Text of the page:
S I R S , — I read Mr. Dunlop’s interesting article ” On Incubation ” in your May number (Vol. V., pp. 322-7) with much interest, a n d also the letters from Messrs. J . Lewis Bonhote and C. L. Collenette in your June issue (Vol. V I . , pp. 29-30). I do n o t agree with Mr. Bonhote in his remarks re the breeding of domestic pigeons. I am willing to grant t h a t in the majority of cases the incubation period in domestic pigeons commences on the laying of the second egg, b u t this is n o t a universal law. In domestic pigeons, as in the wild Columbarian races, the female lays her first egg and then allows a full day to elapse before the second egg is laid. If the female was the only factor as regards incubation, that first egg would n o t be incubated b u t merely stood over a t night until the second egg appeared, a n d then incubation would begin and both the young ones would be hatched simultaneously on the twentieth day from the laying of the first egg. As a matter of fact, in the pigeonworld, the male also takes his due share in incubation, i.e. the female incubates from 4 p.m. to 10 a.m. and the male from 10 a.m. to 4 p.m., and it entirely depends on the individuality of the male as to whether the
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British Birds – how it works
BB 2000 Ltd, the company that owns and publishes British Birds, is run by a board of directors, all of whom are volunteers. The company employs two full time staff – Roger Riddington is the journal’s editor while Hazel Jenner manages subscriptions and administration – and three part-time design/editorial staff.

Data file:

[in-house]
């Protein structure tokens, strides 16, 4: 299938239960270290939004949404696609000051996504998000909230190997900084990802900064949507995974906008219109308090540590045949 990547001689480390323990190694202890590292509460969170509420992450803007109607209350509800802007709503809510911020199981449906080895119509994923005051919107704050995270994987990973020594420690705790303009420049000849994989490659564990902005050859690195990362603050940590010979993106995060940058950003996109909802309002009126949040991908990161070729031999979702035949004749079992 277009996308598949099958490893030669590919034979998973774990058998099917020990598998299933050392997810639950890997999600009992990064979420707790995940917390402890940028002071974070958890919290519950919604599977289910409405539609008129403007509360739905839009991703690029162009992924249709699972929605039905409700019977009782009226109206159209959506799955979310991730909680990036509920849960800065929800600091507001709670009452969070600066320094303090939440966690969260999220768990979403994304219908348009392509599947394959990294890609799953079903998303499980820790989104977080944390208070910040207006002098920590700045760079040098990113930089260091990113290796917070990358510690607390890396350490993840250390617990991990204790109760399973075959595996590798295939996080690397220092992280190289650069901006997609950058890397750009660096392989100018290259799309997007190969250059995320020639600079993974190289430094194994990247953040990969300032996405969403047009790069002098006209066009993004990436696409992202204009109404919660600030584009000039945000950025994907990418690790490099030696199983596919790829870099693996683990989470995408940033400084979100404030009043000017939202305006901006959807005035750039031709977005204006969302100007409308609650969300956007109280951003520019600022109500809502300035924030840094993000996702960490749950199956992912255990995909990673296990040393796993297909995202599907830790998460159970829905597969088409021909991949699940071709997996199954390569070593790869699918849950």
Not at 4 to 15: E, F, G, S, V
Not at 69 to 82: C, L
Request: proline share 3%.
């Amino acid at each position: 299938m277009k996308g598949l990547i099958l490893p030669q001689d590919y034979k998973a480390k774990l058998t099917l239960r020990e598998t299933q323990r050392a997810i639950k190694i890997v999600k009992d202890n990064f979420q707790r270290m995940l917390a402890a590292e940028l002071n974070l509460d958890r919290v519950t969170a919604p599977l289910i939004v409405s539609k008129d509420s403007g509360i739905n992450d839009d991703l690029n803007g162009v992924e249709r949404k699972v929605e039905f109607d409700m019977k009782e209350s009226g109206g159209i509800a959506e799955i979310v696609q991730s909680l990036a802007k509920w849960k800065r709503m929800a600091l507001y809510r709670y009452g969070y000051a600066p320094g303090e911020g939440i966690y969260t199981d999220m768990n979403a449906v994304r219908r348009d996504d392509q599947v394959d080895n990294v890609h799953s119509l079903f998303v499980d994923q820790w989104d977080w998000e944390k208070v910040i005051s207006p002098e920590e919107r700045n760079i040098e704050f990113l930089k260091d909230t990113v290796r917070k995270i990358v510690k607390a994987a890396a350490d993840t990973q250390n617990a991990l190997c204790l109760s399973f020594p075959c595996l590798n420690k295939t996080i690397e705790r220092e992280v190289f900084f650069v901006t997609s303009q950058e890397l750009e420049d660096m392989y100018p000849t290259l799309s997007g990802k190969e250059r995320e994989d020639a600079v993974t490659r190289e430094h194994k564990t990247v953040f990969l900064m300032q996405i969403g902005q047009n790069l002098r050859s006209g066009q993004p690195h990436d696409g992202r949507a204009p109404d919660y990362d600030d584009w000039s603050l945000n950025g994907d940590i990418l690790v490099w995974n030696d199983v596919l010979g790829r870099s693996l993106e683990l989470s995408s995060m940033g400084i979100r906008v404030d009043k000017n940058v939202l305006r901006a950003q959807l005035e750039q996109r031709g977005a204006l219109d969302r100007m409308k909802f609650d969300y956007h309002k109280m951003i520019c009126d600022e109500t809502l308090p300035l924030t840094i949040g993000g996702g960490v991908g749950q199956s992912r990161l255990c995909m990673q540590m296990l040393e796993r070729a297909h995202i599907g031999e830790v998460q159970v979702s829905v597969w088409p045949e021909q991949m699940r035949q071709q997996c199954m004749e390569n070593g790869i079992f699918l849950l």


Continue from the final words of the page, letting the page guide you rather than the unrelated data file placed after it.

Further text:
The company is wholly owned by The British Birds Charitable Trust (BBCT, registered charity no. 1089422). Neither the company directors nor the trustees are paid for their services, providing their time and enthusiasm because they passionately believe in the value of BB. The Company is managed with a view to making a small profit which can be donated to the Trust to help fund its charitable work.
Over the past six years, this, combined with donations from other sources, has enabled the Trust to give almost £70,000 support to a variety of conservation and educational projects ranging from rat eradication on seabird islands to the study of cuckoo migration, as well as assisting young birders develop their interest.
A full list of projects is given here. The Trust is seeking to expand its charitable endeavours and would welcome donations from like-minded organisations and individuals.